I’m in transition. I’m making a move—a literal, physical move out of the town I’ve called home for the last four and a half years. People keep asking me if I’m excited.

I’m not. Not really.

Sure, there are things I’m looking forward to, but it’s hard to get super excited when you don’t know what you’re moving toward. When you don’t know what’s waiting at the end of those five hundred miles.

Can I be really honest now?

Sometimes I forget to practice what I preach. Sometimes my Beyond Waiting journey is paved with more anxiety than adventure, more pouting than praise.

Sometimes I don’t believe as many as six impossible things before breakfast. Sometimes I don’t believe in the impossible at all.

Sometimes I try to live two different lives—the one God weaves for me and the one I desire for myself. And let me tell you, it’s really, really, really hard to be two different people. One of them takes over. One of them wins. And I feel so often that it’s my own selfish will barreling the other out of the way.

If I’ve been quiet here of late, it’s because Rebekah’s voice has been trying to drown out God’s voice, and anyone who has tried arguing with God before knows how this story ends—with me being too tired to raise my voice and too stubborn to listen to His.

And so there’s silence where the words used to flow freely.

And there’s that whisper in the back of my mind—those words I once humbly confessed:

“You know that ultimately I want Your will. It’s just that mine so often gets in the way…”

Let today be the day my will shatters.

Say Goodbye to Plan B

I’ve said before that Hannah Brencher is one of the most amazing human beings that ever walked this planet. I’m in love with her message, and her heartbeat, and the way she weaves such simple syllables into music that sings to my soul. But mostly I love that, though we’ve never met beyond the realm of digital acquaintance, she’s like the best friend I never knew I needed, giving me what she calls “a good butt-kicking pep talk” just when I’m set to give up.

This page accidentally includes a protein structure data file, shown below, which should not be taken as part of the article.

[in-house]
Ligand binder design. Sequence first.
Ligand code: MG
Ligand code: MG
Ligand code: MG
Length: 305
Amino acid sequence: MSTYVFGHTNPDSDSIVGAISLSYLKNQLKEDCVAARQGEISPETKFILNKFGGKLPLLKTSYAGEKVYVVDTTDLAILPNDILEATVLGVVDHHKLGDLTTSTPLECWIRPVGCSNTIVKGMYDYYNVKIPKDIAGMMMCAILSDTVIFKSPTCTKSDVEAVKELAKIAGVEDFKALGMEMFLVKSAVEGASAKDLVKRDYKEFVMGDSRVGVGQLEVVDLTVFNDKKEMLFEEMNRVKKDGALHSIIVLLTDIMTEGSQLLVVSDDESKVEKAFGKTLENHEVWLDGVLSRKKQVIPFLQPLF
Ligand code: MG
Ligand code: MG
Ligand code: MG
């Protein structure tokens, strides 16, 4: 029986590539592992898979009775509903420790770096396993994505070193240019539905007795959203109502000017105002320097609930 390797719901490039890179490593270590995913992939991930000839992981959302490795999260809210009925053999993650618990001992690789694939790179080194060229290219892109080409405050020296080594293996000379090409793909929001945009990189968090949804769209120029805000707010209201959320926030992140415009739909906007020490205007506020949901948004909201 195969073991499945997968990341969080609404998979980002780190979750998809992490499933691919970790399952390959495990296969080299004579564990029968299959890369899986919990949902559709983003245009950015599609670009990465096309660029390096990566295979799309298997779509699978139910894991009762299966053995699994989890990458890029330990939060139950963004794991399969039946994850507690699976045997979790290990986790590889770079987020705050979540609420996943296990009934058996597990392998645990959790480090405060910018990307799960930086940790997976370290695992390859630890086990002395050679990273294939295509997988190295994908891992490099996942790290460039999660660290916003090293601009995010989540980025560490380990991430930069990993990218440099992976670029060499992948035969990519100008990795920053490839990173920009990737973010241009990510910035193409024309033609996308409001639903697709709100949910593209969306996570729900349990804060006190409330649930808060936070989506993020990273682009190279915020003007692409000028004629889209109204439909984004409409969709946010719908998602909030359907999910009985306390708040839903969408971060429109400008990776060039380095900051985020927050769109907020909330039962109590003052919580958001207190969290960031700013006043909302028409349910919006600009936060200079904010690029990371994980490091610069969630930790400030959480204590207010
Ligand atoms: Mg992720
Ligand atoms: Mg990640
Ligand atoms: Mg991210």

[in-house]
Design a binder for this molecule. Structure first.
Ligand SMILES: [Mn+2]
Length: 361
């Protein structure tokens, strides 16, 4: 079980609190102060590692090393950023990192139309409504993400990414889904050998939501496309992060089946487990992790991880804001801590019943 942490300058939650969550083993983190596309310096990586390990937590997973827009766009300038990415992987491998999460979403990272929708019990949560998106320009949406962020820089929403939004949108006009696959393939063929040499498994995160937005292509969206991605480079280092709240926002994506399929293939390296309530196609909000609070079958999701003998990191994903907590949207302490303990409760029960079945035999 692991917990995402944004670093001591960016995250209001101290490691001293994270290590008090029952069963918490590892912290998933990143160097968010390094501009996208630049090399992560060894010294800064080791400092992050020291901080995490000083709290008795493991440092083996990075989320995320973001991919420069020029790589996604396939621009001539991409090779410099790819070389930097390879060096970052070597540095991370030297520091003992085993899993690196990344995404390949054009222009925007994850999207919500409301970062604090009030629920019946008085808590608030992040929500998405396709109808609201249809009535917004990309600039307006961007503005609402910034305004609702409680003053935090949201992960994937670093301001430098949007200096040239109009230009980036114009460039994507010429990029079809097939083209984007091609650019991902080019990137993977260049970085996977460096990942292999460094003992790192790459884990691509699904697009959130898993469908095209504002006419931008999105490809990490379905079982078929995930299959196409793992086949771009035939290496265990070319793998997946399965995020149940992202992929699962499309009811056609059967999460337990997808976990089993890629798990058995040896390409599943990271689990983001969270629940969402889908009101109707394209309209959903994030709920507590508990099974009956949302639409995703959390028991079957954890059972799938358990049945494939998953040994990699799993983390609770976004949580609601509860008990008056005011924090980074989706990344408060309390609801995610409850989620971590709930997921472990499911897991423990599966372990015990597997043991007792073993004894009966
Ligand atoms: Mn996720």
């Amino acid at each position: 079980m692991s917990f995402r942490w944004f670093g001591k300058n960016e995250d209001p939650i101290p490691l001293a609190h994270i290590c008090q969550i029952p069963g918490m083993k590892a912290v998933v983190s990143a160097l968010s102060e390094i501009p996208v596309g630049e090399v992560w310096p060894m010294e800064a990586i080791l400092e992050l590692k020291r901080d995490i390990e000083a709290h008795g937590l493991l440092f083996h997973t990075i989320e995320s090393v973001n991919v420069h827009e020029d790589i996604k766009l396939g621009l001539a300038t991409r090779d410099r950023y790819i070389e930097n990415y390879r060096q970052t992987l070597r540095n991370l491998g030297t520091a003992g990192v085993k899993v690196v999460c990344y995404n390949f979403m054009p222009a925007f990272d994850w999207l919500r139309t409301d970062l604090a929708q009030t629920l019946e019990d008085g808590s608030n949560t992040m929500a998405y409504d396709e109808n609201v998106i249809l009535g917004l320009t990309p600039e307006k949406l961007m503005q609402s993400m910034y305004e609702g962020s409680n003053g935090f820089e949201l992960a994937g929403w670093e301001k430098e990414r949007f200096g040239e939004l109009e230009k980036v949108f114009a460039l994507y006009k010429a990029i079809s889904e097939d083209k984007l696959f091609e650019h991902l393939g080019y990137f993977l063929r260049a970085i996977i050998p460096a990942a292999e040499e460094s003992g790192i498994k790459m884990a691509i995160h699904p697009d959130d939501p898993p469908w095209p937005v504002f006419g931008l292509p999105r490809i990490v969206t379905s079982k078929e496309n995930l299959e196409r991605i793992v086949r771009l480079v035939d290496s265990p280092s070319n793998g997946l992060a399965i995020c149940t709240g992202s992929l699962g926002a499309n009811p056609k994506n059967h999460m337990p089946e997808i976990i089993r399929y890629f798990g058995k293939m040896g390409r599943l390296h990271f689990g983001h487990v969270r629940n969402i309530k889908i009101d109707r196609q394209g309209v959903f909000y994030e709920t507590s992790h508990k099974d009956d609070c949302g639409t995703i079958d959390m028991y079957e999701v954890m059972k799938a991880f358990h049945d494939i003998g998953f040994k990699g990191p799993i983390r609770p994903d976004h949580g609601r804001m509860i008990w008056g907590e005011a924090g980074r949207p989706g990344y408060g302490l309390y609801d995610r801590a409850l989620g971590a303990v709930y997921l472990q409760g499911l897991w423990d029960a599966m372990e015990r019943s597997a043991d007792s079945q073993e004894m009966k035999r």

Sometimes I think about how much I want to be her. Other times I think about how I already am her, and she is me. How else could she know? How else could she manage to speak such specifics to my fears, my doubts, my hesitations? How else could she know the depths of my dreams and the intense longing I have to make the world a more beautiful place before I go?

When I stumbled into my inbox yesterday afternoon, I had to remind myself to breathe. Because she did it again: that thing where she’s writing to the whole wide world, but I’m looking between the lines and finding the words, “Yeah, I’m talking to you, Rebekah Snyder.”

“Plan B doesn’t fit you,” she wrote.

“Yup. That’s right. Said it. Meant it. Plan B is where you are standing when you decide that you are too afraid to step out there and let life smack you in the face with blessings and confetti. Plan B is the shaky, but seemingly secure, house you construct for yourself when you want to avoid risk and keep all the pieces intact. Two fun facts for the day: a) nothing worthwhile in this lifetime is fit to be controlled b) Plan B ain’t for you.”

I’d never thought of that until yesterday: how maybe Plan B is the worst possible idea I’ve ever concocted in my life because it could keep me from living Plan A.

Because I’ve thought before, like probably every person thinks, “What do I do if this all goes wrong? What’s my back-up plan?”